An article in Yahoo News, Fast-food binge harms liver, but boosts good cholesterol: study, caught my attention yesterday. Within the article, which provided details from the findings of a neat little study in Sweden, was an intriguing quote from the lead researcher, Dr. Frederik Nystrom:
"That signs of liver damage were linked to carbohydrates was another key finding, he said.
"It was not the fat in the hamburgers, it was rather the sugar in the coke," he said."
A sort of duplication of Morgan Spurlock's Supersize Me - Fast food based hyper-alimentation can induce rapid and profound elevation of serum alanine aminotransferase in healthy subjects - in which subjects were to consume two meals a day from fast food restaurants and cease any daily exercise for a month.
Eat a-plenty they did! Where their baseline calorie intake was an average 2273-calories each day, during the study they consumed 5753-calories a day! Not only did they gain weight (as expected), they also experienced an increase in their waist circumference and BMI, their HOMA-IR (insulin resistance score) increased, and their liver panel indicated development of Non-Alcoholic Fatty Liver Disease (NAFLD) to boot!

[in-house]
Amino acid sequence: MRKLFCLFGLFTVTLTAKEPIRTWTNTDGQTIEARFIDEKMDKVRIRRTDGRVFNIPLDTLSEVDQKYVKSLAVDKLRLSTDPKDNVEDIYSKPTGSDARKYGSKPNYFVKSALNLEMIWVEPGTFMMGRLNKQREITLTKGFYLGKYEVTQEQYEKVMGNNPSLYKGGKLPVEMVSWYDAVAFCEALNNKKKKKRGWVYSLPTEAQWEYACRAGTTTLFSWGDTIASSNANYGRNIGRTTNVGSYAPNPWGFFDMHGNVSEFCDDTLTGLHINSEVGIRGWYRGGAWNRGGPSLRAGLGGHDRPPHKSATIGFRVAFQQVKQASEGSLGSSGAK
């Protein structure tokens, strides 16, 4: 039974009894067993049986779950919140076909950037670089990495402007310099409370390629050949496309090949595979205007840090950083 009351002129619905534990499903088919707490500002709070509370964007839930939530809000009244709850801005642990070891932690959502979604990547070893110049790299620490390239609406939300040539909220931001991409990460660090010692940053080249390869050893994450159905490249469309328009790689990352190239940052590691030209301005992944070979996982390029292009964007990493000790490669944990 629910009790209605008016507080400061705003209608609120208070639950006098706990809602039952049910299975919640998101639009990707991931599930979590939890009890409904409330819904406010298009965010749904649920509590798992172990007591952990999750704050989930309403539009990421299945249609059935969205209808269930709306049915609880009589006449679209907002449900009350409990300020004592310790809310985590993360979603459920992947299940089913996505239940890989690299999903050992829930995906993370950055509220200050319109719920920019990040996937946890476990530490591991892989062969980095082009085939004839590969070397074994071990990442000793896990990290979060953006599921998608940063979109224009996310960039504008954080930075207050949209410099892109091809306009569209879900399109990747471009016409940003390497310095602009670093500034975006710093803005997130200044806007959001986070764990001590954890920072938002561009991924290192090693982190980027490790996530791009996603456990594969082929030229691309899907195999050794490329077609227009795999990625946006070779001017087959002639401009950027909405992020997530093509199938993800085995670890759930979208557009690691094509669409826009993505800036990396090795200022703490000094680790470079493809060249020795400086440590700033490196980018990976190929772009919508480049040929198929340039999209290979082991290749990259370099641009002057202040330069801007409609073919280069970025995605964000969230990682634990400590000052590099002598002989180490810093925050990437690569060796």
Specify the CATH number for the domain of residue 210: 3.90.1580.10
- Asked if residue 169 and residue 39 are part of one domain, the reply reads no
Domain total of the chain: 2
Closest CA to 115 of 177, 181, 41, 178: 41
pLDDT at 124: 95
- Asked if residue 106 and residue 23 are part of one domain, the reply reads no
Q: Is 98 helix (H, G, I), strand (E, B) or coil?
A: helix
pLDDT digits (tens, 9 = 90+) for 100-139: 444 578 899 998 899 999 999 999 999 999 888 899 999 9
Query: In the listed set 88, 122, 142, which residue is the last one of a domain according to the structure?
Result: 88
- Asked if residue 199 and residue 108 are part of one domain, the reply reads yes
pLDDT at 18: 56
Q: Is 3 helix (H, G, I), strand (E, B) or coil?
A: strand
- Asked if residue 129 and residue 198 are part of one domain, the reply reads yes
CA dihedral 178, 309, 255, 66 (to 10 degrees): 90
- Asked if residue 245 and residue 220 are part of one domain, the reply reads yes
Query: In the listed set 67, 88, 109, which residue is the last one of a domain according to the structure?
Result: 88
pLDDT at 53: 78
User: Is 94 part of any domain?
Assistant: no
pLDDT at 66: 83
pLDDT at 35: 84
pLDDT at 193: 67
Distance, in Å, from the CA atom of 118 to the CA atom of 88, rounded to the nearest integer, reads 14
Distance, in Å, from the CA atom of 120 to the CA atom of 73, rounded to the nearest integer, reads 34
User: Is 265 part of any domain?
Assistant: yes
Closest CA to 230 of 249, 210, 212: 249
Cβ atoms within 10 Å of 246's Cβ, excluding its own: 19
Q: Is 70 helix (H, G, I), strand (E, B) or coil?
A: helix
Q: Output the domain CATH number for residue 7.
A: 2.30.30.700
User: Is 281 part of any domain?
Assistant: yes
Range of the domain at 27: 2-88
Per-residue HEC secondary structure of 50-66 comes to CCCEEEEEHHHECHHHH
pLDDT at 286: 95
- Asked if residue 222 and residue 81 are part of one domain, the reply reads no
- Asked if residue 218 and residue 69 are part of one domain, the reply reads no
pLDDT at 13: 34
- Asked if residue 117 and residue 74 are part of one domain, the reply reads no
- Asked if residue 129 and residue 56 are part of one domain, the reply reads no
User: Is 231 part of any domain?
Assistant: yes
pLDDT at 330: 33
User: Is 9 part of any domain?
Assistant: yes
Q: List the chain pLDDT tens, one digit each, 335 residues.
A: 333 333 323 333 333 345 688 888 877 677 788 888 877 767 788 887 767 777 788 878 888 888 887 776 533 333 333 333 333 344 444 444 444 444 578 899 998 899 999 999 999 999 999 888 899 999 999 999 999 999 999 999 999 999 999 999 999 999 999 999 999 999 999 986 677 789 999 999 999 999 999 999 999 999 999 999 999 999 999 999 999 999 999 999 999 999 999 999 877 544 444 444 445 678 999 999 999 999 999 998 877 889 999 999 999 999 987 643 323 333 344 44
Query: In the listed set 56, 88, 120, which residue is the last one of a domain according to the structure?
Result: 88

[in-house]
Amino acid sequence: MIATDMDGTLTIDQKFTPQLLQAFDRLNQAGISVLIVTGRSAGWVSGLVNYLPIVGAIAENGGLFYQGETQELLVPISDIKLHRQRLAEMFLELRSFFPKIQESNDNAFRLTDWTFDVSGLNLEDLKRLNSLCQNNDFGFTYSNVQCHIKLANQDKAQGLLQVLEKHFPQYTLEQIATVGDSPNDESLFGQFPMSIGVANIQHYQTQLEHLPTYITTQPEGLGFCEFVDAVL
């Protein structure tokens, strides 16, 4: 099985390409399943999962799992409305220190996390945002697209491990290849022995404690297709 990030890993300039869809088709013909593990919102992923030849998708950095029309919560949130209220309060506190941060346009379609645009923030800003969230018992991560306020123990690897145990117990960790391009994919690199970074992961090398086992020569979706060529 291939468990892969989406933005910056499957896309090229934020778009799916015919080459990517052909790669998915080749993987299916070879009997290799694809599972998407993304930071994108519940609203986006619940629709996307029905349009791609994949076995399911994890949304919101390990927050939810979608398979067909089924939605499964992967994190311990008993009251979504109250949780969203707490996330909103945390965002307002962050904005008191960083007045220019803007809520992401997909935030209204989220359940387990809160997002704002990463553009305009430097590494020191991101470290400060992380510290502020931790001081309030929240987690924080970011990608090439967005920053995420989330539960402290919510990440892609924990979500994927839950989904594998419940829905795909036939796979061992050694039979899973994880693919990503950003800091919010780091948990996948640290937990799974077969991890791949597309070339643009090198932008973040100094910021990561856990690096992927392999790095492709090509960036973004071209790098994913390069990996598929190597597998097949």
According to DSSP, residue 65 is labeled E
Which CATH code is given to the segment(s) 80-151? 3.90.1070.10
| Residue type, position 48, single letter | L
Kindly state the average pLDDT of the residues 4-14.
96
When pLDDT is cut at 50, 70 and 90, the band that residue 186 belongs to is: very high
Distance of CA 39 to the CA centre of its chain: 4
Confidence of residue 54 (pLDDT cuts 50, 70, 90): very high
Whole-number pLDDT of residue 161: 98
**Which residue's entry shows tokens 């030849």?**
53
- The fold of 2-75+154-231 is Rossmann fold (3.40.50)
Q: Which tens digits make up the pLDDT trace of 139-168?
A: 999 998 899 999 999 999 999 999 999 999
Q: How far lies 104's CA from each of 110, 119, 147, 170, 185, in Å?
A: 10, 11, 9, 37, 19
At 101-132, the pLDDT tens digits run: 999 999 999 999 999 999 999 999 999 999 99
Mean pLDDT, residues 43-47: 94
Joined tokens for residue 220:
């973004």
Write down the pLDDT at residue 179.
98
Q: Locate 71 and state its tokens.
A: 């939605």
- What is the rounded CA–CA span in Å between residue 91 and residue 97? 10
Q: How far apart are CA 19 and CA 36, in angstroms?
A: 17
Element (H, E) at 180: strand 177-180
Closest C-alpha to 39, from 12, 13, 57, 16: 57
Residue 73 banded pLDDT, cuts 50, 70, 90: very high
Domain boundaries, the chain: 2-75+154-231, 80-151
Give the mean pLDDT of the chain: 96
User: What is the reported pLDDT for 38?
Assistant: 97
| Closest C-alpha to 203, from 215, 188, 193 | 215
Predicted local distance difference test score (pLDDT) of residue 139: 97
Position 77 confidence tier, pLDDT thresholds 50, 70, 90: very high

The underlying culprit was simply calories, or even an increase in dietary fat - but the significant increase in both sugar and total carbohydrate in the diet.
Now take a look at what's being reported in the media, as picked up by Conditioning Research:
It is interesting to see how this has been reported elsewhere:
MedPage today says: Explain to interested patients that this small study suggested that overdoing it on high-fat foods, even during a short holiday period, for instance, and a failure to exercise can cause liver damage.
eh? the researchers said it was the sugar not the fat
NHS Choices says: The study does provide a further reason to avoid overeating (especially food high in saturated fat) if one is needed.
er...the researcher said that "The study showed that the increase in saturated fat correlated with the increase in healthy cholesterol"
Then there is the CBS article, "The study, published in the advance online edition of Gut, doesn't show which was more damaging - bingeing on fatty food or being sedentary."
ABC News, "The extra fat is the big enchilada here..."
My take? There are none so blind as those who will not see.
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